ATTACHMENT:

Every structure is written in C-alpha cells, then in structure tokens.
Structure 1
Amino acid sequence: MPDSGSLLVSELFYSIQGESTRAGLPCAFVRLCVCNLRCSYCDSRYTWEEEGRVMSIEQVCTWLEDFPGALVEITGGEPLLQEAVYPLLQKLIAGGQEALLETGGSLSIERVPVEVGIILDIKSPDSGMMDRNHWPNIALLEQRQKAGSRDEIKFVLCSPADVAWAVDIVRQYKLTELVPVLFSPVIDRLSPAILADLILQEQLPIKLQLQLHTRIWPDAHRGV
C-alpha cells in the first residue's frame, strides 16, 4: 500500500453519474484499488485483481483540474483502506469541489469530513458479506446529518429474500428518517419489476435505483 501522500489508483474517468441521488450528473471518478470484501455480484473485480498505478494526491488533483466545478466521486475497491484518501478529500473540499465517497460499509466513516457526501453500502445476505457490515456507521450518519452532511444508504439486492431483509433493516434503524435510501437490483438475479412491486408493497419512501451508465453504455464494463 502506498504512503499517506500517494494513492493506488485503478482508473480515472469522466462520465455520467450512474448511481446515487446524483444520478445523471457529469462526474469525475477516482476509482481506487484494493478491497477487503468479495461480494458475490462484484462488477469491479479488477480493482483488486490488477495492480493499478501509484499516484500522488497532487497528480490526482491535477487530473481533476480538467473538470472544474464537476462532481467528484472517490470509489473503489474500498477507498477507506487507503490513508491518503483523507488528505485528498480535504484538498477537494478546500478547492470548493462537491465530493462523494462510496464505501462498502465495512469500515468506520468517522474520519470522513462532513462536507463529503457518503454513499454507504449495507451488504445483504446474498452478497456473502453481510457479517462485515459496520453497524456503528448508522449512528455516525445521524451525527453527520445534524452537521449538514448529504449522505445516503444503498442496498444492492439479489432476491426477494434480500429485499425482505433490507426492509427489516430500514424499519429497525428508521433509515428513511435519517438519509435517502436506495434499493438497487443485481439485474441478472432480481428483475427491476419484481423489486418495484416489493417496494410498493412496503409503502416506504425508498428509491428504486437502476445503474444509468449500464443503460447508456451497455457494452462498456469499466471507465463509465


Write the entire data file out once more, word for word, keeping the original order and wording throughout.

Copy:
Every structure is written in C-alpha cells, then in structure tokens.
Structure 1
Amino acid sequence: MPDSGSLLVSELFYSIQGESTRAGLPCAFVRLCVCNLRCSYCDSRYTWEEEGRVMSIEQVCTWLEDFPGALVEITGGEPLLQEAVYPLLQKLIAGGQEALLETGGSLSIERVPVEVGIILDIKSPDSGMMDRNHWPNIALLEQRQKAGSRDEIKFVLCSPADVAWAVDIVRQYKLTELVPVLFSPVIDRLSPAILADLILQEQLPIKLQLQLHTRIWPDAHRGV
C-alpha cells in the first residue's frame, strides 16, 4: 500500500453519474484499488485483481483540474483502506469541489469530513458479506446529518429474500428518517419489476435505483 501522500489508483474517468441521488450528473471518478470484501455480484473485480498505478494526491488533483466545478466521486475497491484518501478529500473540499465517497460499509466513516457526501453500502445476505457490515456507521450518519452532511444508504439486492431483509433493516434503524435510501437490483438475479412491486408493497419512501451508465453504455464494463 502506498504512503499517506500517494494513492493506488485503478482508473480515472469522466462520465455520467450512474448511481446515487446524483444520478445523471457529469462526474469525475477516482476509482481506487484494493478491497477487503468479495461480494458475490462484484462488477469491479479488477480493482483488486490488477495492480493499478501509484499516484500522488497532487497528480490526482491535477487530473481533476480538467473538470472544474464537476462532481467528484472517490470509489473503489474500498477507498477507506487507503490513508491518503483523507488528505485528498480535504484538498477537494478546500478547492470548493462537491465530493462523494462510496464505501462498502465495512469500515468506520468517522474520519470522513462532513462536507463529503457518503454513499454507504449495507451488504445483504446474498452478497456473502453481510457479517462485515459496520453497524456503528448508522449512528455516525445521524451525527453527520445534524452537521449538514448529504449522505445516503444503498442496498444492492439479489432476491426477494434480500429485499425482505433490507426492509427489516430500514424499519429497525428508521433509515428513511435519517438519509435517502436506495434499493438497487443485481439485474441478472432480481428483475427491476419484481423489486418495484416489493417496494410498493412496503409503502416506504425508498428509491428504486437502476445503474444509468449500464443503460447508456451497455457494452462498456469499466471507465463509465